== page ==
Now, what Kennedy is claiming here is that Ukraine also interfered in the election. That this could be a “both/and” situation; Sure, Russia interfered for Trump but Ukraine interfered for Clinton! So it pretty much evened out!

The issue with this claim, and I have to believe Kennedy is smart enough to know this, is the thread he is hanging the Ukraine meddling story on is wafer thin.

What Kennedy refers to in his interview with Chuck is a lot of the same stuff that Intelligence Committee ranking member Devin Nunes, a California Republican, brought up during the public impeachment hearings. And what the articles Kennedy points to make clear is that there were absolutely some powerful people in Ukraine who didn’t like Trump and would have preferred Clinton win. (Much of the Ukraine criticism was based on Trump’s dismissive attitude to Russia’s seizure of Crimea.)

But if a foreign official – or even foreign officials – making disparaging comments about the prospect of a Trump presidency means they were interfering in the election, then, well, a WHOLE lot of countries “interfered” in the 2016 election.

Of course, we are comparing apples and oranges here. On one side, we have Russia engaging in a multi-pronged, coordinated disinformation effort to influence the American election – an effort that led to the indictments of 12 Russian military intelligence agency members by Mueller. On the other side, we have a handful of Ukrainian officials offering somewhat negative comments about Trump in op-eds and personal Facebook posts.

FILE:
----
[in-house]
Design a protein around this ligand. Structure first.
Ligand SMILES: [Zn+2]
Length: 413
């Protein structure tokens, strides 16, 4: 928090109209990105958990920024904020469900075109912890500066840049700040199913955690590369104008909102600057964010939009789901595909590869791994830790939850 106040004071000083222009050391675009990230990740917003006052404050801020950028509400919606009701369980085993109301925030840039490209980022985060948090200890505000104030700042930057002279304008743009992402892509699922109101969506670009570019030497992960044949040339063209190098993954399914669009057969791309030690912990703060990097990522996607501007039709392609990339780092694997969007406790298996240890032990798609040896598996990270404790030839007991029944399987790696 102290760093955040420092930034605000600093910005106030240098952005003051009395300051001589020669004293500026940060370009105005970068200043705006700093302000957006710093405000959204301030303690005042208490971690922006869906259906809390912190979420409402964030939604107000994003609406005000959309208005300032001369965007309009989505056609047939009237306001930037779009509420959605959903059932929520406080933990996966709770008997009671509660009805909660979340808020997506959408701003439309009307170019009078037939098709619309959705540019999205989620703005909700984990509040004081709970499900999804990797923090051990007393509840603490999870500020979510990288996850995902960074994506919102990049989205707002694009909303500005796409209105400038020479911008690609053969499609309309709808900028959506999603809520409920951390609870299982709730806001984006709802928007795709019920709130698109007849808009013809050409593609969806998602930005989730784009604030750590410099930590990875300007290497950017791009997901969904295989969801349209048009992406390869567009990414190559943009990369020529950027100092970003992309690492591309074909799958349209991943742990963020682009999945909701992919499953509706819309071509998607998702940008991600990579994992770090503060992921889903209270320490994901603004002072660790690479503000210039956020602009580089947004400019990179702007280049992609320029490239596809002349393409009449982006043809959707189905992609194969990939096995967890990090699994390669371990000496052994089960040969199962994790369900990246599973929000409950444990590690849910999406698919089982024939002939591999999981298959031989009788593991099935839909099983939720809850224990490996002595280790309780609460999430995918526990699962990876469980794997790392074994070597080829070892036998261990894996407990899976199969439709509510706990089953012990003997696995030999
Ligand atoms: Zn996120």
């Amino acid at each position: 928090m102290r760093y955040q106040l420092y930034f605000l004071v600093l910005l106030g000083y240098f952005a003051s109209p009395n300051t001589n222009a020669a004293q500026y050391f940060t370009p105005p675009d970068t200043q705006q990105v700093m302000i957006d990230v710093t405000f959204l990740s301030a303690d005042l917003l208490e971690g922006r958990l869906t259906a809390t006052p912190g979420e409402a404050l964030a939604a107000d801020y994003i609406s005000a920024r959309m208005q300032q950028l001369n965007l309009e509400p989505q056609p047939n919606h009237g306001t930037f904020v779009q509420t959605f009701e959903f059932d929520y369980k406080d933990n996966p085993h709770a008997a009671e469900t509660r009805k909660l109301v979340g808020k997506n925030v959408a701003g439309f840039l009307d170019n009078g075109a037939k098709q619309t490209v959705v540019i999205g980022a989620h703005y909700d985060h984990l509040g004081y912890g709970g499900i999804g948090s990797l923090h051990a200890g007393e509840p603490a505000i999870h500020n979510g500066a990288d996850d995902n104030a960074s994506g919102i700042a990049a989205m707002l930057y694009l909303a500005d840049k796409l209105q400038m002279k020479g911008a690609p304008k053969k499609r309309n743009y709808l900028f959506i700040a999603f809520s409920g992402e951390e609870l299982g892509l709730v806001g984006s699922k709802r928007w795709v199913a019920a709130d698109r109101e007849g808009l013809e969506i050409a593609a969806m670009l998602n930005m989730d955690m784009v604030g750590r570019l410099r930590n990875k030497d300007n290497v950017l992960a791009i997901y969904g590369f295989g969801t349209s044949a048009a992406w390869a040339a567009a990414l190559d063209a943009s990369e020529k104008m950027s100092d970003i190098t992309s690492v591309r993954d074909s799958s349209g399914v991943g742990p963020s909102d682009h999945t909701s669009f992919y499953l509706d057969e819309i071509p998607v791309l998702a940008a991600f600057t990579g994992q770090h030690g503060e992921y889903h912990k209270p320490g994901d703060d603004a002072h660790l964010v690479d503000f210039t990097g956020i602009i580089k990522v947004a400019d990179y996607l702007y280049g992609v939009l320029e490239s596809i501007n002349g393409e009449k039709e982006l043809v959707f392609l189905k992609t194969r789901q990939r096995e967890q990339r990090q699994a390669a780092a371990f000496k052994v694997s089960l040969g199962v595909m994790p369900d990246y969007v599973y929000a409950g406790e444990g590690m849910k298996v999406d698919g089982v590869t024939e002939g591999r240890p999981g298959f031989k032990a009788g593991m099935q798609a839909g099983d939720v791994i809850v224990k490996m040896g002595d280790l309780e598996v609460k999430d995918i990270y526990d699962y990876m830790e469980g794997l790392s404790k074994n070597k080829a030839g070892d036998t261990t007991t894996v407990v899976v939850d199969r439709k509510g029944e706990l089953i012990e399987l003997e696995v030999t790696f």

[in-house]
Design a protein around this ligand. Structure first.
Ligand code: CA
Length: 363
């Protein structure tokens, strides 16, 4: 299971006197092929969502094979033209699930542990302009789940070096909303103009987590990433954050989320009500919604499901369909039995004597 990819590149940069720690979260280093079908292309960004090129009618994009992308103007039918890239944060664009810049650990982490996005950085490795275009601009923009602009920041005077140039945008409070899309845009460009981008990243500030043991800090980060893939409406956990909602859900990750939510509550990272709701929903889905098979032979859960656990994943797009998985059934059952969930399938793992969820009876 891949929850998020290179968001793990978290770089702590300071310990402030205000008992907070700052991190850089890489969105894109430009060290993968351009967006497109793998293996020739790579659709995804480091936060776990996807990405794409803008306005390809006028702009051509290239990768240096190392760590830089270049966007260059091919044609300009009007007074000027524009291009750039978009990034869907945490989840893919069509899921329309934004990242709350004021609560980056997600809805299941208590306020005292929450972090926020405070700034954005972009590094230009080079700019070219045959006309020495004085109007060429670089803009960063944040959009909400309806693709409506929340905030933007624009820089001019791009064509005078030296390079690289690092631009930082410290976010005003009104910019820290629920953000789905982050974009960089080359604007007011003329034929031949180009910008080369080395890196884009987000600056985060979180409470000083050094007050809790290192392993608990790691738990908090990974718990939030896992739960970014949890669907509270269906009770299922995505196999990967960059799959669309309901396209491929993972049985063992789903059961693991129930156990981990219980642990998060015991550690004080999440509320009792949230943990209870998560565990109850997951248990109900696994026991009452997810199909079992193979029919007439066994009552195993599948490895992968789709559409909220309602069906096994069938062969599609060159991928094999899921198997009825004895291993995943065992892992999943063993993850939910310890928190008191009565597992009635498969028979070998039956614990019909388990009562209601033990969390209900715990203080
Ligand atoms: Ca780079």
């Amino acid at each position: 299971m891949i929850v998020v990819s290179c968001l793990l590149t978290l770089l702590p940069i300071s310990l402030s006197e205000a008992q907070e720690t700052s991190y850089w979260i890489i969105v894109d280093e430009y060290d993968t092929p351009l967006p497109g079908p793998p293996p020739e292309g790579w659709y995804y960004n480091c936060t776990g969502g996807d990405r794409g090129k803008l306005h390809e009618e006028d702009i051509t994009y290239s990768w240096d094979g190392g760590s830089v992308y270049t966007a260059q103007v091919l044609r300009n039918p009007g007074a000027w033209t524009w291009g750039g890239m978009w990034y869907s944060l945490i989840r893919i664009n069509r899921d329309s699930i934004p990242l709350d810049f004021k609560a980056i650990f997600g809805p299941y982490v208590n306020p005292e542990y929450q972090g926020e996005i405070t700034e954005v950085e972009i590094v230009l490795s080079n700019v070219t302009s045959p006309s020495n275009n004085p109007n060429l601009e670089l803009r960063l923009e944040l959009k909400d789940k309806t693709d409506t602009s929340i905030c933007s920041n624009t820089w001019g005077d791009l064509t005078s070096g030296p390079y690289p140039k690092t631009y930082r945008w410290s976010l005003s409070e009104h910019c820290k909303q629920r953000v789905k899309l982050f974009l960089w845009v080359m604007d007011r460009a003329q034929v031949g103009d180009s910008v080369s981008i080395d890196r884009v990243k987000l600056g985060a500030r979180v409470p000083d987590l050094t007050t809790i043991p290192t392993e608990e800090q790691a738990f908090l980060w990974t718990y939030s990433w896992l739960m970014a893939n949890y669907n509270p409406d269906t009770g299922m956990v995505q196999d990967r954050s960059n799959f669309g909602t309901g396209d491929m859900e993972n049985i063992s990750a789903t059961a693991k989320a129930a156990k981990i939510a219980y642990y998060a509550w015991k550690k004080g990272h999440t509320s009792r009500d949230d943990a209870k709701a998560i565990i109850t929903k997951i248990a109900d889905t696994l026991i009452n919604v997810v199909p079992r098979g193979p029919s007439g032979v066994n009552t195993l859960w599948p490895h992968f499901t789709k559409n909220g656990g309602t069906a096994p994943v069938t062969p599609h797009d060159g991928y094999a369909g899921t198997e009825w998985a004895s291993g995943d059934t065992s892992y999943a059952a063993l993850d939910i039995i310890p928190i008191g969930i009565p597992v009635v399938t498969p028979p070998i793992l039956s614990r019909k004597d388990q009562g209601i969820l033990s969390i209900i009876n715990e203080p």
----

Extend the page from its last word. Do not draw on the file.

What Russia did isn’t in the same universe as a few Ukrainians offering critiques of Trump. Not even close.

Trump, who has shown little regard for facts on the 2016 election, tweeted his support for Kennedy’s comments Monday. “Thank you to Great Republican @SenJohnKennedy for the job he did in representing both the Republican Party and myself against Sleepy Eyes Chuck Todd on Meet the Depressed!”

Clinton weighed in on Kennedy’s latest comments Monday morning on Twitter: “Sen. Kennedy, why are you parroting Russian propaganda that U.S. intelligence officials tell us are designed to divide our country? Did you miss the briefing that day?”

Kennedy should know better. And what’s worse is that he probably does.